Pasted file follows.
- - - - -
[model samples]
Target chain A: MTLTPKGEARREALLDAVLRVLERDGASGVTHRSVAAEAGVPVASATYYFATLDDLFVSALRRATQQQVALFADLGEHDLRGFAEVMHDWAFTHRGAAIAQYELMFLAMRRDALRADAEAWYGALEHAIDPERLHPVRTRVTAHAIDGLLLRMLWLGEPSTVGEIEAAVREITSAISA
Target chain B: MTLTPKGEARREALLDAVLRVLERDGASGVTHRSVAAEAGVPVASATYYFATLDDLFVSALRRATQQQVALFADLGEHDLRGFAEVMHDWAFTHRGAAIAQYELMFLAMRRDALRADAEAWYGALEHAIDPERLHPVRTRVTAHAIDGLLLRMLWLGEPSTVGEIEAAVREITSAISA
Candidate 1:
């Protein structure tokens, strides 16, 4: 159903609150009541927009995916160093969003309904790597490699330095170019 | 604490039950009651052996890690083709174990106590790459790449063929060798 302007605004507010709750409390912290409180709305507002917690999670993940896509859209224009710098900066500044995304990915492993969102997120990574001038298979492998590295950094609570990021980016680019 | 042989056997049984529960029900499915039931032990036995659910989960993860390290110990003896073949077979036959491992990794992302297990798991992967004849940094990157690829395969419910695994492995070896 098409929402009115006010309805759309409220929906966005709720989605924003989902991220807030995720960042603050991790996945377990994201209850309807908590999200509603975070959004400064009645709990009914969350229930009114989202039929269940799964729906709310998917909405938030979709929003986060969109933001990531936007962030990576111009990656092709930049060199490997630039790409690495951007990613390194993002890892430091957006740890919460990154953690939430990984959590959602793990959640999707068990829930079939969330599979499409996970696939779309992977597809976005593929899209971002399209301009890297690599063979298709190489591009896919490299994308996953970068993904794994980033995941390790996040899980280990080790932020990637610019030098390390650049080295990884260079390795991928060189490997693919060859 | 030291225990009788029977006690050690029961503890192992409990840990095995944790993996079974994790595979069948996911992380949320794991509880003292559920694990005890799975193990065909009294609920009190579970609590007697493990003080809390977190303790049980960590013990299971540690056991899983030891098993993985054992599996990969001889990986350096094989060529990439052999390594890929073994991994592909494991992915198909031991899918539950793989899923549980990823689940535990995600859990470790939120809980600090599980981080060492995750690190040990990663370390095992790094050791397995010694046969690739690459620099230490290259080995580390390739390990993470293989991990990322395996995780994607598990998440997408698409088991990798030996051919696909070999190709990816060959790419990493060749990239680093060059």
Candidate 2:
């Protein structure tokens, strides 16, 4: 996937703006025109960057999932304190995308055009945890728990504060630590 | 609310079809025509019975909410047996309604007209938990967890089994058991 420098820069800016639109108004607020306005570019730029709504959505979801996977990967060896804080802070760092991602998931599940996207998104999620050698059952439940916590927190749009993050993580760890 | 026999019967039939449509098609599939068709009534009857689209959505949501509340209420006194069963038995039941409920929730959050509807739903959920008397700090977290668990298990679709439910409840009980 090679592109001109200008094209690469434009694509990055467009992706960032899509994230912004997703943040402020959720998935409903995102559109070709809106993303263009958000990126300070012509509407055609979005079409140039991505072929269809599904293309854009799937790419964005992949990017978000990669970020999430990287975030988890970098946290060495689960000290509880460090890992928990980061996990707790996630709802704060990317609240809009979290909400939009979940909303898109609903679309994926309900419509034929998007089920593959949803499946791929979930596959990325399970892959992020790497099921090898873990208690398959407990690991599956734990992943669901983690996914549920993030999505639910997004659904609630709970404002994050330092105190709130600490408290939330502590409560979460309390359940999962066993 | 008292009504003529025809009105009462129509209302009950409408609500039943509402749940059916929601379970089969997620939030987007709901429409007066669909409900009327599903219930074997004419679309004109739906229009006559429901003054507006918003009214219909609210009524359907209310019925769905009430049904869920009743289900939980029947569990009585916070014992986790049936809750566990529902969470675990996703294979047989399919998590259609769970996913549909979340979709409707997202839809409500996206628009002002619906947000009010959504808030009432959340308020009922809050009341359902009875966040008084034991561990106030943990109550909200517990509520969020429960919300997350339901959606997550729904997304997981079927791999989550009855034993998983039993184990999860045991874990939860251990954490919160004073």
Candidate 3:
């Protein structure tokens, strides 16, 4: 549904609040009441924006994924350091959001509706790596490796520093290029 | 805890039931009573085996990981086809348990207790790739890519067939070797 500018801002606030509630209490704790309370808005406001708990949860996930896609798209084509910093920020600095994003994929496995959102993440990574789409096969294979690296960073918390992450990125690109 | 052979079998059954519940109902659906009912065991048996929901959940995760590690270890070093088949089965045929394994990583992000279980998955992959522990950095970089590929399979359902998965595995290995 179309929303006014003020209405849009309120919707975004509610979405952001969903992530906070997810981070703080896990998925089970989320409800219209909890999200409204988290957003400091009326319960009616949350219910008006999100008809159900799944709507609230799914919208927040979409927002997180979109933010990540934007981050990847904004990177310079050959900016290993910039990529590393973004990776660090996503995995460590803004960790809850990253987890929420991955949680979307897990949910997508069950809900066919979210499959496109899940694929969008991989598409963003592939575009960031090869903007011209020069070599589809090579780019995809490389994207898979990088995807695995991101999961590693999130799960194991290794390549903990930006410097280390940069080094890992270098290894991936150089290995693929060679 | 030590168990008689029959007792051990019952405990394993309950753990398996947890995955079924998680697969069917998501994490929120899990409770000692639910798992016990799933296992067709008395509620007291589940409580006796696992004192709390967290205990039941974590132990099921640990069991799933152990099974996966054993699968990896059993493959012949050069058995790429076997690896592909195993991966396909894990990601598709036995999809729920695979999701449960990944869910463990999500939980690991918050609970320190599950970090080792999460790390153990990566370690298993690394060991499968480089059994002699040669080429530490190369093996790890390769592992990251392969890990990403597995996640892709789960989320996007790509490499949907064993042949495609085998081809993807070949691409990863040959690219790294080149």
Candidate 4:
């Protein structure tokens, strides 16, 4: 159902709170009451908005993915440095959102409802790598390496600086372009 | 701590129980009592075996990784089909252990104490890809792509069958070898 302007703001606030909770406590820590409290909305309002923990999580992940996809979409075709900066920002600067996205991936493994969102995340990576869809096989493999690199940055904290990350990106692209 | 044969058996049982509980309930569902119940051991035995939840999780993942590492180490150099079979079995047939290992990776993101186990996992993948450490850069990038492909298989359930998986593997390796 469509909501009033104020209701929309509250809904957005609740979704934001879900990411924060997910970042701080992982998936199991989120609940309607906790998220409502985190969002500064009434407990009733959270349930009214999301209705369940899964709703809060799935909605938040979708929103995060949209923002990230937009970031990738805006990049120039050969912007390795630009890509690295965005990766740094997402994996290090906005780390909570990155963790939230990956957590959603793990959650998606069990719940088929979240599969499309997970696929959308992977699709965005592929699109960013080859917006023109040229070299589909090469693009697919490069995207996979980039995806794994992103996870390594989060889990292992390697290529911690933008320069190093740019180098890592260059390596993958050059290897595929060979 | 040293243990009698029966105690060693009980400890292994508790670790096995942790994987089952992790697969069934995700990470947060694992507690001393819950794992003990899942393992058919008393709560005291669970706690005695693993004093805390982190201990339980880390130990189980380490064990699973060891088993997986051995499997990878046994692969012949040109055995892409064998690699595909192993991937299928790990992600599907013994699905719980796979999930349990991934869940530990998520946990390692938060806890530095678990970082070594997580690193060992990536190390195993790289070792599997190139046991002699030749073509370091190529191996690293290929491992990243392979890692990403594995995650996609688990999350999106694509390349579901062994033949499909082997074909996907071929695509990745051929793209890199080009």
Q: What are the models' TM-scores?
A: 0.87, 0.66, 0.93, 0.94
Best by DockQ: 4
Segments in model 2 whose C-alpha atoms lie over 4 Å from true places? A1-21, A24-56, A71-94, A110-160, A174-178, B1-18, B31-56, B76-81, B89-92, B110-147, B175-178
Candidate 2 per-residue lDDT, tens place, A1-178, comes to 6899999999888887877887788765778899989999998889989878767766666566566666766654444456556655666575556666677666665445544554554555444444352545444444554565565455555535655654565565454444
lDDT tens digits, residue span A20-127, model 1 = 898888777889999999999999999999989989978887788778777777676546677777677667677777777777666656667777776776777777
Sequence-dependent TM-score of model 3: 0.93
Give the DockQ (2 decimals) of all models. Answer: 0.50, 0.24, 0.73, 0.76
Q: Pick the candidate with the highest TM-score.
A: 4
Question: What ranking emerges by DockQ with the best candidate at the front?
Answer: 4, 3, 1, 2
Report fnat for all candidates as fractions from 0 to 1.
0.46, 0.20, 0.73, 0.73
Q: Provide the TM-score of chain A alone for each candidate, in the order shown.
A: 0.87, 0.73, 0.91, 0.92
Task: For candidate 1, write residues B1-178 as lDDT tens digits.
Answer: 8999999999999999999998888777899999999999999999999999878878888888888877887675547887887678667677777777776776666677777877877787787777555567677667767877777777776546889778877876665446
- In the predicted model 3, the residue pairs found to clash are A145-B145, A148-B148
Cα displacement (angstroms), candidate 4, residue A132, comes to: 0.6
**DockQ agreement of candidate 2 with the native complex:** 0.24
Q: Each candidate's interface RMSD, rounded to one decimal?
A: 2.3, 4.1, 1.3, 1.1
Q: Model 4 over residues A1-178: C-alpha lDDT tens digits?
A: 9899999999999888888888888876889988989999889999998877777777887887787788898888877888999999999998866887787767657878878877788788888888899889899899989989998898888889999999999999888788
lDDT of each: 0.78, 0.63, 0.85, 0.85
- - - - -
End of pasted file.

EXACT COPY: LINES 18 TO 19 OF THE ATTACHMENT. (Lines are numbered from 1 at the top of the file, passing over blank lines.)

Sequence-dependent TM-score of model 3: 0.93
Give the DockQ (2 decimals) of all models. Answer: 0.50, 0.24, 0.73, 0.76